The situation in Belarus is just getting worse – Tony Lashden (Tender na Gender, Belarus)

Tony Lashden, queer feminist activist from Belarus, a member of Tender na Gender initiative

Wojciech Wojtasiewicz: Who are you? What do you do regarding LGBTQ rights in Belarus? What is the aim of Tender na Gender initiative?

Tony Lashden: My name is Tony Lashden. I am originally from Belarus. I have been living there until the last summer. I am a journalist, queer and feminist activist, writer, advocate for women’s and LGBT’s rights. Together with another colleague of mine, we have cofounded Tender na Gender in 2017. Since then, we have been working with women’s rights and LGBT+’s rights in Belarus. Mostly right now we are focus on psychological support for the community, organising the safe spaces, activities for people to relax, to feel a little bit more comfortable and to do some artistic projects.

What kind of psychological help are you able to provide for LGBTQ community in Belarus?

We provide psychological consultations from psychotherapists and psychologists as we call them crisis consultations for people, who are experiencing difficulties connected to the life in Belarus. Also for those, who had to emigrate and all in vulnerable social-emotional state at the moment.

How many people have been already participating in those crisis consultations?

It is ungoing process, so far we had approximately 100 individuals.

What is the situation of LGBT community after the 2020 falsified presidential elections in Belarus? Have you seen any progress regarding LGBTQ rights or the situation is even worse than it is used to be?

Unfortunately the situation is just getting worse. I would say, that the main challenge at the moment is the psychological state of the community. I mean initially we did not provide any direct services to the community. We used to be focused on visibility, advocacy, more like regular human rights type of activities. None of that is possible any longer. We also feel from the community that there is no actualized need in that type of work. The political crisis in Belarus, but also the two years that followed, so 2020, with the migration crisis on the border with Lithuania and Poland, and 2022 with the Russian full scale invasion on Ukraine, I would say for LGBTQ community all of that brought a lot of difficulties in relation to social and economical security. And of course private, social-emotional type of wellbeing, there is a reason why we had to refocus our work. Belarus is currently under lot of sanctions due to its status country-collaborator of Russia in the war. Within the country there are very few opportunities for people to feel safe and be safe. So the desire of leaving Belarus is very much present for everyone from the community.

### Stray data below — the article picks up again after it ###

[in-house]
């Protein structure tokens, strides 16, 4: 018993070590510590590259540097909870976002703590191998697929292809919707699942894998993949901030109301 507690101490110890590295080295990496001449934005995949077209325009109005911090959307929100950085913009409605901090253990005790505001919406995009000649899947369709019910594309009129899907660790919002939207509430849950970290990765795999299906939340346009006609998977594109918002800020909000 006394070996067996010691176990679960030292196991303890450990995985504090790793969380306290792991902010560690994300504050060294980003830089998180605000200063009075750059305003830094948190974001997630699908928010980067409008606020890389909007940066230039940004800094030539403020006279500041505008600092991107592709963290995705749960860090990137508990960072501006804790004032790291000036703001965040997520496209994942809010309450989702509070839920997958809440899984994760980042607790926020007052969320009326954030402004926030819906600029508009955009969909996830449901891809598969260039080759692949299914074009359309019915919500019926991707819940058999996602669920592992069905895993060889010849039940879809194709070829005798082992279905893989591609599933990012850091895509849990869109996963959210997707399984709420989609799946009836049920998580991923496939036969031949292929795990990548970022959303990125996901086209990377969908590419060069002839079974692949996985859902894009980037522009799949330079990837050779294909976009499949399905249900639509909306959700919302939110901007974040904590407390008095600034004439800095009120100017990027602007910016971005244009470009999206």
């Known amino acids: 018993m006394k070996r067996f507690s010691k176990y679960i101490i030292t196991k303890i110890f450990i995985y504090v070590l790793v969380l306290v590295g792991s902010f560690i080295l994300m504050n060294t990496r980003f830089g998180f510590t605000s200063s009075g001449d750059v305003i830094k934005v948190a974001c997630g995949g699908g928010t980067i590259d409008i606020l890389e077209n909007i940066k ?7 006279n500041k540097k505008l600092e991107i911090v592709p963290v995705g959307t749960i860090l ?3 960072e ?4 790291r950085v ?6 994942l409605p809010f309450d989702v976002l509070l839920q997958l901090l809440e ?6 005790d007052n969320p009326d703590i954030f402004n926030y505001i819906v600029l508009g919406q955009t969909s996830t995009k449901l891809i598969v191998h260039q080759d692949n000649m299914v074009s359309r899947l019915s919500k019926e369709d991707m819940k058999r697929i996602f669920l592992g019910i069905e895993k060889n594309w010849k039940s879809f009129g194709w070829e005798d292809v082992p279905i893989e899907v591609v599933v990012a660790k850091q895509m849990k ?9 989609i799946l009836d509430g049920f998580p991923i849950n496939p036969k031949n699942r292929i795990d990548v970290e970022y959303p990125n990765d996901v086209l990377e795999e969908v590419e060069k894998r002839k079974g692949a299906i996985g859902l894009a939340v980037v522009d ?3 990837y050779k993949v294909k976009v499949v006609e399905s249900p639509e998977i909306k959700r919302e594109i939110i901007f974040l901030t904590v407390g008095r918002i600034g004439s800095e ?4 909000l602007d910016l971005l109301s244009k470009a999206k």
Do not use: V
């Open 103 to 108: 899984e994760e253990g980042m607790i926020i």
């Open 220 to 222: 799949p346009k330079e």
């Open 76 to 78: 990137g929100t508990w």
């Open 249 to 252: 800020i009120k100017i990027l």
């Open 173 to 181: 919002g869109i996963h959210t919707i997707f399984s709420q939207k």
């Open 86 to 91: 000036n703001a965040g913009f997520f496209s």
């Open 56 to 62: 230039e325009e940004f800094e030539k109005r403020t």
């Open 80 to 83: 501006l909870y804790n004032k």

Have you ever tried to contact the office of Sviatlana Tsikhanouskaya and talked with them about LGBTQ rights after the change of political regime in Belarus in the future?

No, we have not. This is not a part of our mandate from the community.

You mentioned the war in Ukraine. Are you not afraid that people from LGBTQ community in Belarus can be mobilized to participate in that war when finally Alexander Lukashenko succumbs to Putin’s pressure? What can you do in case of such situation?

Belarusian queer activists have been participating in the evacuation from Ukraine. Most of us have been working non-stop since February to assist our colleagues and friends and evacuate them from Ukraine. So a lot of us now are brutally exausted physically and mentally. I personaly have been working with direct evacuation from Ukraine for almost half a year and direct support for LGBTQ community members in Ukraine. This is extremely difficult work, which abounded me out a lot. So in case the mobilisation happen in Belarus, I am not sure what will be our strategy. Unfortunately there is always a risk that will happen and of course we will try to organise evacuation and so on, but we have to recognize that right now the European Union’s attitude towards Belarusian migrants is not really favourable. It is difficult as it is for Belarusian people to come to the European Union and ask for asylum. I am not totally sure that the situation will get better or will improve even there is a mobilisation. For some reasons local authorities of neighboring countries will not admit more Belarus migrants.

One should understood that it is very difficult for LGBT people to emigrate or evacuate from Belarus. A lot of people do not speak any other languages apart from Belarusian and Russian. It is difficult for them to integrate into completely new context. Many people are working on the precarious jobs, which means that they do not have any financial savings to support themselves in immigration. A lot of people are in very, very vulnerbale social-emotional stance. If you take a person, who has been in severe depression for the last two years and you relocate into completely new complex, where the person does not have any social or personal connections with the community, with the people, who are living in that country, on the personal level, it will be just a traumatic experience. And we have seen that for many Belarusian queer migrants, that unfortunately physical safety is not the only thing that is needed to feel better.